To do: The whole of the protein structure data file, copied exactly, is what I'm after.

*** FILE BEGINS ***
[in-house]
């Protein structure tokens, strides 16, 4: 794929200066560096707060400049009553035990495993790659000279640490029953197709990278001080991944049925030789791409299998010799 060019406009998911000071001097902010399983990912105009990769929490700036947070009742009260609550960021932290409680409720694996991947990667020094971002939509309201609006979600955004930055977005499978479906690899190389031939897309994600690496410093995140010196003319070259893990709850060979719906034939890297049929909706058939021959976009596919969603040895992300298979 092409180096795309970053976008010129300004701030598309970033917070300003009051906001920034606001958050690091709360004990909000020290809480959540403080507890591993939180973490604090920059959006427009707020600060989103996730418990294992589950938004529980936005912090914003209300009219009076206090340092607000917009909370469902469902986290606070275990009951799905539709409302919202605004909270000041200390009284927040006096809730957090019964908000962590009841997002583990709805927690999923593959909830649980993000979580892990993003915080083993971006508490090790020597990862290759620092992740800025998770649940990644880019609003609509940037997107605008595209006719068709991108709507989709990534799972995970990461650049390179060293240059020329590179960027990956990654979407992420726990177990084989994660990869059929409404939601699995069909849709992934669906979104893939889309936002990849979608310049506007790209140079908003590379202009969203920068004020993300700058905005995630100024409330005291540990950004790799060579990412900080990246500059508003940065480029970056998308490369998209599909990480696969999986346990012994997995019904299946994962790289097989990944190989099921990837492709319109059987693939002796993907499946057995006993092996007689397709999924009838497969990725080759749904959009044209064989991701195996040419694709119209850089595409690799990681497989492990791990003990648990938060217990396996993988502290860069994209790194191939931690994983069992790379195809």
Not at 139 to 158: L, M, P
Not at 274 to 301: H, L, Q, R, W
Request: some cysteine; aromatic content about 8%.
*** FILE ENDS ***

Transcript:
[in-house]
């Protein structure tokens, strides 16, 4: 794929200066560096707060400049009553035990495993790659000279640490029953197709990278001080991944049925030789791409299998010799 060019406009998911000071001097902010399983990912105009990769929490700036947070009742009260609550960021932290409680409720694996991947990667020094971002939509309201609006979600955004930055977005499978479906690899190389031939897309994600690496410093995140010196003319070259893990709850060979719906034939890297049929909706058939021959976009596919969603040895992300298979 092409180096795309970053976008010129300004701030598309970033917070300003009051906001920034606001958050690091709360004990909000020290809480959540403080507890591993939180973490604090920059959006427009707020600060989103996730418990294992589950938004529980936005912090914003209300009219009076206090340092607000917009909370469902469902986290606070275990009951799905539709409302919202605004909270000041200390009284927040006096809730957090019964908000962590009841997002583990709805927690999923593959909830649980993000979580892990993003915080083993971006508490090790020597990862290759620092992740800025998770649940990644880019609003609509940037997107605008595209006719068709991108709507989709990534799972995970990461650049390179060293240059020329590179960027990956990654979407992420726990177990084989994660990869059929409404939601699995069909849709992934669906979104893939889309936002990849979608310049506007790209140079908003590379202009969203920068004020993300700058905005995630100024409330005291540990950004790799060579990412900080990246500059508003940065480029970056998308490369998209599909990480696969999986346990012994997995019904299946994962790289097989990944190989099921990837492709319109059987693939002796993907499946057995006993092996007689397709999924009838497969990725080759749904959009044209064989991701195996040419694709119209850089595409690799990681497989492990791990003990648990938060217990396996993988502290860069994209790194191939931690994983069992790379195809």
Not at 139 to 158: L, M, P
Not at 274 to 301: H, L, Q, R, W
Request: some cysteine; aromatic content about 8%.